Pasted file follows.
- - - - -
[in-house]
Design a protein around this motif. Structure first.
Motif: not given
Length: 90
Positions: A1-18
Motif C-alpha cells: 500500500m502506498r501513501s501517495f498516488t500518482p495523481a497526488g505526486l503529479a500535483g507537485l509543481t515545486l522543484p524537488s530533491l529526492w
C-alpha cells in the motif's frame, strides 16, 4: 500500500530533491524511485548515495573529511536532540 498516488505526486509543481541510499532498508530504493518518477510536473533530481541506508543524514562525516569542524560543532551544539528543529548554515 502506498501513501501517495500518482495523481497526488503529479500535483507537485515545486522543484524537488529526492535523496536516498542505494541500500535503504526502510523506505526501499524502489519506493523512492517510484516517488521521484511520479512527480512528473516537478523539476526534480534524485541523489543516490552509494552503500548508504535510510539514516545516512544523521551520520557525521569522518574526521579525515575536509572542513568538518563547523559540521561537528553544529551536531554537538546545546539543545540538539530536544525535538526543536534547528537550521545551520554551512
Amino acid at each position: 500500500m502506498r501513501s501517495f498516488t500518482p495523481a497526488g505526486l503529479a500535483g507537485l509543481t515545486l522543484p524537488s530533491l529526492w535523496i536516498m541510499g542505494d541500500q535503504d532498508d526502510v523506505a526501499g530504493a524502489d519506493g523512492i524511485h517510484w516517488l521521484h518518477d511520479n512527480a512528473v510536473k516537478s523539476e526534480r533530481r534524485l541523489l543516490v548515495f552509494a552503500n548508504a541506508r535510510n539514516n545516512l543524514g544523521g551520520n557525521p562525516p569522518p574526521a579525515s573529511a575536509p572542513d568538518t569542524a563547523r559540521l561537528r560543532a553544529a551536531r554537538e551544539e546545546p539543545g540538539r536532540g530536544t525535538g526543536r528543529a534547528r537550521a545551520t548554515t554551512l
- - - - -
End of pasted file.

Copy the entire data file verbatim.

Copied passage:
[in-house]
Design a protein around this motif. Structure first.
Motif: not given
Length: 90
Positions: A1-18
Motif C-alpha cells: 500500500m502506498r501513501s501517495f498516488t500518482p495523481a497526488g505526486l503529479a500535483g507537485l509543481t515545486l522543484p524537488s530533491l529526492w
C-alpha cells in the motif's frame, strides 16, 4: 500500500530533491524511485548515495573529511536532540 498516488505526486509543481541510499532498508530504493518518477510536473533530481541506508543524514562525516569542524560543532551544539528543529548554515 502506498501513501501517495500518482495523481497526488503529479500535483507537485515545486522543484524537488529526492535523496536516498542505494541500500535503504526502510523506505526501499524502489519506493523512492517510484516517488521521484511520479512527480512528473516537478523539476526534480534524485541523489543516490552509494552503500548508504535510510539514516545516512544523521551520520557525521569522518574526521579525515575536509572542513568538518563547523559540521561537528553544529551536531554537538546545546539543545540538539530536544525535538526543536534547528537550521545551520554551512
Amino acid at each position: 500500500m502506498r501513501s501517495f498516488t500518482p495523481a497526488g505526486l503529479a500535483g507537485l509543481t515545486l522543484p524537488s530533491l529526492w535523496i536516498m541510499g542505494d541500500q535503504d532498508d526502510v523506505a526501499g530504493a524502489d519506493g523512492i524511485h517510484w516517488l521521484h518518477d511520479n512527480a512528473v510536473k516537478s523539476e526534480r533530481r534524485l541523489l543516490v548515495f552509494a552503500n548508504a541506508r535510510n539514516n545516512l543524514g544523521g551520520n557525521p562525516p569522518p574526521a579525515s573529511a575536509p572542513d568538518t569542524a563547523r559540521l561537528r560543532a553544529a551536531r554537538e551544539e546545546p539543545g540538539r536532540g530536544t525535538g526543536r528543529a534547528r537550521a545551520t548554515t554551512l